pedagogy

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pedagogy

 [ped´ah-go″je] (pl. ped·a·go·gy)
the teaching of children; the teacher often has full responsibility for making decisions about what will be learned, how it will be learned, when it will be learned, and determining if it has been learned. See also andragogy.

pedagogy

[ped′əgōj′ē]
Etymology: Gk, pais, child, agogos, leader
the art and science of teaching children, based on a belief that the purpose of education is the transmittal of knowledge.

pedagogy

(pĕd′ŭ-gŏj″ē, -gō″jē) [Gr. paidagogos, an assistant who takes children to school]
The art, sciences, techniques, and professional methods used in teaching, especially the teaching of school-age children.
References in periodicals archive ?
For instance, the language of objectives, outcomes, and competencies, which belongs to conventional pedagogies, guides teachers and students to focus their attention on prespecified aspects of learning.
Other pedagogies recalled favorably tended to be well-aligned with constructivist teaching: flexibility, creative teaching, interdisciplinary learning, thematic teaching, multiple perspectives, a personalized curriculum, and other topics named.
He leaves the reader with no doubt about the power and agency driving sexual ideology in Western society, and the unquestionable relationship between public discourse=sexual literacy and private discourse=sexual illiteracy leaves literacy scholars prepared to incorporate topics of sexuality and difference into our pedagogies.
However, at the same time she tries to avoid the kind of relativism into which Ellsworth and other postmodern Feminist Pedagogies are drawn, and she does not give up her modernist theoretical commitment to the power of grand narratives for reconstruction and creation.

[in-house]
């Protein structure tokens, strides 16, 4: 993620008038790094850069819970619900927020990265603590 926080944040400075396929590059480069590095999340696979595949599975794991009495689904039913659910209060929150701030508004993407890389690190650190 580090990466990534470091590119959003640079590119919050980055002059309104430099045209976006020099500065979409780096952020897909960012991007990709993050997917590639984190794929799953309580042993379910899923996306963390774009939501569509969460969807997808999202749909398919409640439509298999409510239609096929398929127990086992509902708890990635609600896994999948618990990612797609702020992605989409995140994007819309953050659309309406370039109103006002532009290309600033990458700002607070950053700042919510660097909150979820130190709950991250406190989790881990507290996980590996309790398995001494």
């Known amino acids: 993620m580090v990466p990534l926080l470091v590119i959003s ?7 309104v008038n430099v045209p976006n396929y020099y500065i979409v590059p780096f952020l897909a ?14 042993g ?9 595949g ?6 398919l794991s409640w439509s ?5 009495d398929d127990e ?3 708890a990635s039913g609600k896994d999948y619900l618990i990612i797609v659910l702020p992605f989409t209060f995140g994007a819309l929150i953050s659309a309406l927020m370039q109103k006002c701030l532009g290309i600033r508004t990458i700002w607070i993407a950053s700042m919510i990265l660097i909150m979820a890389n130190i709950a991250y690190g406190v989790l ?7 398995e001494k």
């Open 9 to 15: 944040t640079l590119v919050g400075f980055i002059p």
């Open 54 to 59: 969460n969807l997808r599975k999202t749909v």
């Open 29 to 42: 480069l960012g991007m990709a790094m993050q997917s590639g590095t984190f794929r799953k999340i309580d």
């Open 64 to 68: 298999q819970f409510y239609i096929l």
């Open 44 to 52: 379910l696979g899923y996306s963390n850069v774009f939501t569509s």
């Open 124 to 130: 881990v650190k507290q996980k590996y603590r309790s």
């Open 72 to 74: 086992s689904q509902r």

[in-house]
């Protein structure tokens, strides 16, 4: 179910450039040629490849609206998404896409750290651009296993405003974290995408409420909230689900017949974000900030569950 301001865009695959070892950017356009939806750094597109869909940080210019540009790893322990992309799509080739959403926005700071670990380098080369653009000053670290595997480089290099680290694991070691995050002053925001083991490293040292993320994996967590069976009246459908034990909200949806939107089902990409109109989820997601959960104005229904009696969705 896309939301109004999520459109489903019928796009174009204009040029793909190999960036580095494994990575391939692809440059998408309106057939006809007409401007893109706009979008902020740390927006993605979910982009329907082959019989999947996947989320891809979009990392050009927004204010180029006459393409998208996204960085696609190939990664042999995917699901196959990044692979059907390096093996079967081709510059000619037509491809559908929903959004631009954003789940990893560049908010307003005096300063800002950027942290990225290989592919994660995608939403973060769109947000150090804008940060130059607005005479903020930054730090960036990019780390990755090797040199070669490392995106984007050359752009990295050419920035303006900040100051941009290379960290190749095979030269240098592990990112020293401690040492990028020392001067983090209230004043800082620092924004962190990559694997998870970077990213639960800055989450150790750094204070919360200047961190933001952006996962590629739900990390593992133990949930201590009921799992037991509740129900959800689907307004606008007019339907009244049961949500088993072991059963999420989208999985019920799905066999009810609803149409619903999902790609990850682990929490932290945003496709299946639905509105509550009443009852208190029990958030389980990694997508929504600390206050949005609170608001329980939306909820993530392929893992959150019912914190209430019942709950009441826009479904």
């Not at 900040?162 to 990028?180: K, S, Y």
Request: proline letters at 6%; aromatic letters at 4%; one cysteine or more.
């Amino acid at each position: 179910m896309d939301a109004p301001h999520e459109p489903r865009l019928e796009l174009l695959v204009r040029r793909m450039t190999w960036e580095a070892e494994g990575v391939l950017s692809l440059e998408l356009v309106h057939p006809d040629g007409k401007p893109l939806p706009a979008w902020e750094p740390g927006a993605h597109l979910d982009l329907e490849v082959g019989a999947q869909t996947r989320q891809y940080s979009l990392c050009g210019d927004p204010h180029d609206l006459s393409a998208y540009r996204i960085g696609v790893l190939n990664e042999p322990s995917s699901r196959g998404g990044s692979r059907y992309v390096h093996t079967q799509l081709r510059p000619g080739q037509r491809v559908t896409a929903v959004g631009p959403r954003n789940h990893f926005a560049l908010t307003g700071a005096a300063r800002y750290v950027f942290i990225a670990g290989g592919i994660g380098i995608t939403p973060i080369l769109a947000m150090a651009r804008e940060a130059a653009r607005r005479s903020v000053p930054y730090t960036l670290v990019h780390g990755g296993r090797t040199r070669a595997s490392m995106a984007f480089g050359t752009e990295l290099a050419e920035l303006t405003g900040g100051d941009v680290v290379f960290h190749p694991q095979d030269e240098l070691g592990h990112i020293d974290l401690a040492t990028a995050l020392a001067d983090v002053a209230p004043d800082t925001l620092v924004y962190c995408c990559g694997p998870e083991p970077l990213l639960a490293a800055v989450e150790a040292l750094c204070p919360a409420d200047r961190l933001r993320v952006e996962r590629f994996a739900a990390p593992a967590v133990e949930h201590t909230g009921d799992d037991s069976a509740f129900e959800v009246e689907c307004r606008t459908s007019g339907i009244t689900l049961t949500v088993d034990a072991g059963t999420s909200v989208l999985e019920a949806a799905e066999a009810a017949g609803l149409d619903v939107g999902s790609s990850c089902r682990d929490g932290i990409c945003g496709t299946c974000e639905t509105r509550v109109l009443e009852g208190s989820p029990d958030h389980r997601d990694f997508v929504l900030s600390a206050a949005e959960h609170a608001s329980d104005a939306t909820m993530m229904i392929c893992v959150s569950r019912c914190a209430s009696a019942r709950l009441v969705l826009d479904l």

At the same time, many of the "best practices" of interfaith education already embody ideals of critical pedagogies.
The specific learning goals are to: a) evaluate the historical perspective of conventional pedagogy and compare it with interpretive pedagogy; b) critique specific narrative pedagogies by general themes, teacher/student relationships, and strengths and limitations; c) analyze contemporary higher education theory as it supports interpretive pedagogies; d) analyze the impact of contemporary and future nursing practice on curriculum design and use of interpretive pedagogies; and e) create new pedagogical activities in the context of clinical experiences, classroom sessions, and teacher evaluation.
In spite of a strident neoconservative reaction, critical pedagogies remain influential.
That is, it allows for the exploration of theories from higher education to shape and inform nursing education as well as to discover and develop pedagogies for nursing education that shape and are shaped by nursing practice.
Although most contemporary writing centers have developed from a central philosophy about the nature of language and knowledge production, their tutoring pedagogies are often influenced by institutional and social considerations that result in a dichotomy between their philosophies and tutoring practices.
I've also read a number of accounts of alternative theoretical pedagogies, in books like Zavarzadeh and Morton's Theory/Pedagogy/Politics and Maria-Regina Kecht's Pedagogy is Politics, which suggest in strong terms the complicity of poststructuralism with the ruling academic ideologies that reify knowledge (only now in terms of "misreading" or "abyss" rather than the old-New Critical terms "irony" or "metaphor").
ABSTRACT To meet the challenges of rapidly changing health care systems, teacher-scholars are rethinking conventional approaches to education and developing new pedagogies that offer new ways of thinking about and using current approaches.
Feminist teacher education: Applying feminist pedagogies to the preparation of new teachers.